As spring temperatures rise, leaves blossom, days lengthen, and the outdoors beckon, research says relocating your exercise outside might boost its advantages for thinking, health, happiness
“This all started with our walking meetings,” said University of Victoria neuroscience doctorate candidate Katherine Boere, who headed the green exercise neurological research.
Boere needed proof that forest walks were more productive than remaining indoors. She researched data that indicated walking, inside or out, enhanced cerebral blood flow and cleaned brains.
She and her colleagues assessed 30 college students' working memory and attentiveness, then had them walk for 15 minutes inside or outside on leaf-canopied walkways before repeating the cognitive assessments.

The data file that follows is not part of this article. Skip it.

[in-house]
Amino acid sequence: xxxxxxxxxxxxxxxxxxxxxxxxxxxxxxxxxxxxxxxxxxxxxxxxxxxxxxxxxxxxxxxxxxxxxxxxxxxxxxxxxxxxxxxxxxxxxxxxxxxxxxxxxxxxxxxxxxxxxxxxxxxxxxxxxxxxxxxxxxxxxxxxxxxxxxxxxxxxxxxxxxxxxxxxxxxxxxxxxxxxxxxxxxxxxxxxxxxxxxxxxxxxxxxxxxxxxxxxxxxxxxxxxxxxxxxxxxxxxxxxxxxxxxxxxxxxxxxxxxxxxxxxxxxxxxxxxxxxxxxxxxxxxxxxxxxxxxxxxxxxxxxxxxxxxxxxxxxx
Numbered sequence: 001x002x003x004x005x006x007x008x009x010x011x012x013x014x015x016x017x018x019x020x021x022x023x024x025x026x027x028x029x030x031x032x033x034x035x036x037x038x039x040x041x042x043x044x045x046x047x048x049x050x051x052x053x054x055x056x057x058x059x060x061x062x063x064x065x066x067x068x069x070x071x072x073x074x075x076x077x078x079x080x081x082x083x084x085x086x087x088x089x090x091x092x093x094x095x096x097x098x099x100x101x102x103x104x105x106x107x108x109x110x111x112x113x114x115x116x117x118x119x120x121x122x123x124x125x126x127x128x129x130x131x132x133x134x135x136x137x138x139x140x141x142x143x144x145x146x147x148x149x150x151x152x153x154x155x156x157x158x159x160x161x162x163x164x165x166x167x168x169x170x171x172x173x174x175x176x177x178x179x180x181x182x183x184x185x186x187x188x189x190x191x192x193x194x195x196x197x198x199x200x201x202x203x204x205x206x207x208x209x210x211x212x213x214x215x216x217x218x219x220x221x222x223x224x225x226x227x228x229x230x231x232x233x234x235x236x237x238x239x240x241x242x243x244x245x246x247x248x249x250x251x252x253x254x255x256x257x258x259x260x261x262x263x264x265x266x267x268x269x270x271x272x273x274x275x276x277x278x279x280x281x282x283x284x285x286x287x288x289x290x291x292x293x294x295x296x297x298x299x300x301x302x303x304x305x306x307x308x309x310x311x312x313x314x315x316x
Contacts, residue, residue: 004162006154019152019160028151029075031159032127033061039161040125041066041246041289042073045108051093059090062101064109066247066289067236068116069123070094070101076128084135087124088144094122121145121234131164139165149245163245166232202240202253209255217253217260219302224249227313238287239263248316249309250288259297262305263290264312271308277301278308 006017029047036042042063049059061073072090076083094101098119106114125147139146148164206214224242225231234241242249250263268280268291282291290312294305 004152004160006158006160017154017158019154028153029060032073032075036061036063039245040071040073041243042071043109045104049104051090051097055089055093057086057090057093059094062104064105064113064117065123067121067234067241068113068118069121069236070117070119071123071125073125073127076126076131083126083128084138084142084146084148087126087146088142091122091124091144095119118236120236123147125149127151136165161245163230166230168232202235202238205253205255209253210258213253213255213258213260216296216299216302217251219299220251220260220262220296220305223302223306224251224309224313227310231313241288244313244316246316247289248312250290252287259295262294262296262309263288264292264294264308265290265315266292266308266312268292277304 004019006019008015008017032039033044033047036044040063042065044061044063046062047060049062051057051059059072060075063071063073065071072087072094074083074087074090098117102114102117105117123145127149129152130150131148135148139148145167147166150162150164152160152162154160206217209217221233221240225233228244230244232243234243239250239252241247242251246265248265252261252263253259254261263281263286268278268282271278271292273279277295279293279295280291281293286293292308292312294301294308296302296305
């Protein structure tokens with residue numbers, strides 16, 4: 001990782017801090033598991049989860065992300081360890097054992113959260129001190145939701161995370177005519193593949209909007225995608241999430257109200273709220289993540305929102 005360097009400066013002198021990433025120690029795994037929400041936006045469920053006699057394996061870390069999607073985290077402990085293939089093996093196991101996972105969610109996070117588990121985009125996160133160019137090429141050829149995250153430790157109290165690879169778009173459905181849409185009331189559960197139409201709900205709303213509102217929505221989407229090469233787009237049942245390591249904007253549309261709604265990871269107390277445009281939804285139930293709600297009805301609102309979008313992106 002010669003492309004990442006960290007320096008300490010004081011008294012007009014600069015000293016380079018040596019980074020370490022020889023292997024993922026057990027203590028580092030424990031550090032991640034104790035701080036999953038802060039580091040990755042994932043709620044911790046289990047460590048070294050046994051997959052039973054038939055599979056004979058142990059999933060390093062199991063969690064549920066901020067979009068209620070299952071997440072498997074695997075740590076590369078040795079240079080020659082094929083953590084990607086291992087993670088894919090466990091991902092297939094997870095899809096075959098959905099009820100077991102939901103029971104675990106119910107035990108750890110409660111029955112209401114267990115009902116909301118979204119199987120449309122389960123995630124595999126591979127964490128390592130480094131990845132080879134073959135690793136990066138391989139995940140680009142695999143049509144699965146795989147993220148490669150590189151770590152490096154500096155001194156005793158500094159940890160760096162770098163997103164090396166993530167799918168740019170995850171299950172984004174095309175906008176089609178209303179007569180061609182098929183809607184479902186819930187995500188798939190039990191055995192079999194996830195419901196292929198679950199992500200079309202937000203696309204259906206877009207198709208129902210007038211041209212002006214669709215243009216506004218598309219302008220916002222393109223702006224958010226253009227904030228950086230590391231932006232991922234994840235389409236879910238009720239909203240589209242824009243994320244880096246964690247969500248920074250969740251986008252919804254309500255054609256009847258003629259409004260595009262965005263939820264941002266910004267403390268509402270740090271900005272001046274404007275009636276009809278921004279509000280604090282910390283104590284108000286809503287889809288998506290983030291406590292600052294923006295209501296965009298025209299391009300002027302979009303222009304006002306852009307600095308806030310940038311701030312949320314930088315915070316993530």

Outdoor walks outperformed inside ones. Boere said students focussed better and replied quicker, confirming scientific theories on how nature impacts our brains.
Other studies showed that it might boost motivation and make exercise less intimidating. Last year, Chinese researchers found that young, inactive obese adults who walked in a park
In a prior study, older men and women informed researchers where they exercised, usually walking, and then wore activity monitors for a week. Outdoor walkers actively exercised 30 minutes more each week than inside walkers.
However, merging nature with exercise for maximum benefit has drawbacks. If buildings and concrete surround you, going outside may not be enough.
Exercise is healthy for us inside or out, in green settings or gray, in sunlight or fluorescents. Wicks said outdoor activity in nature may improve mental health.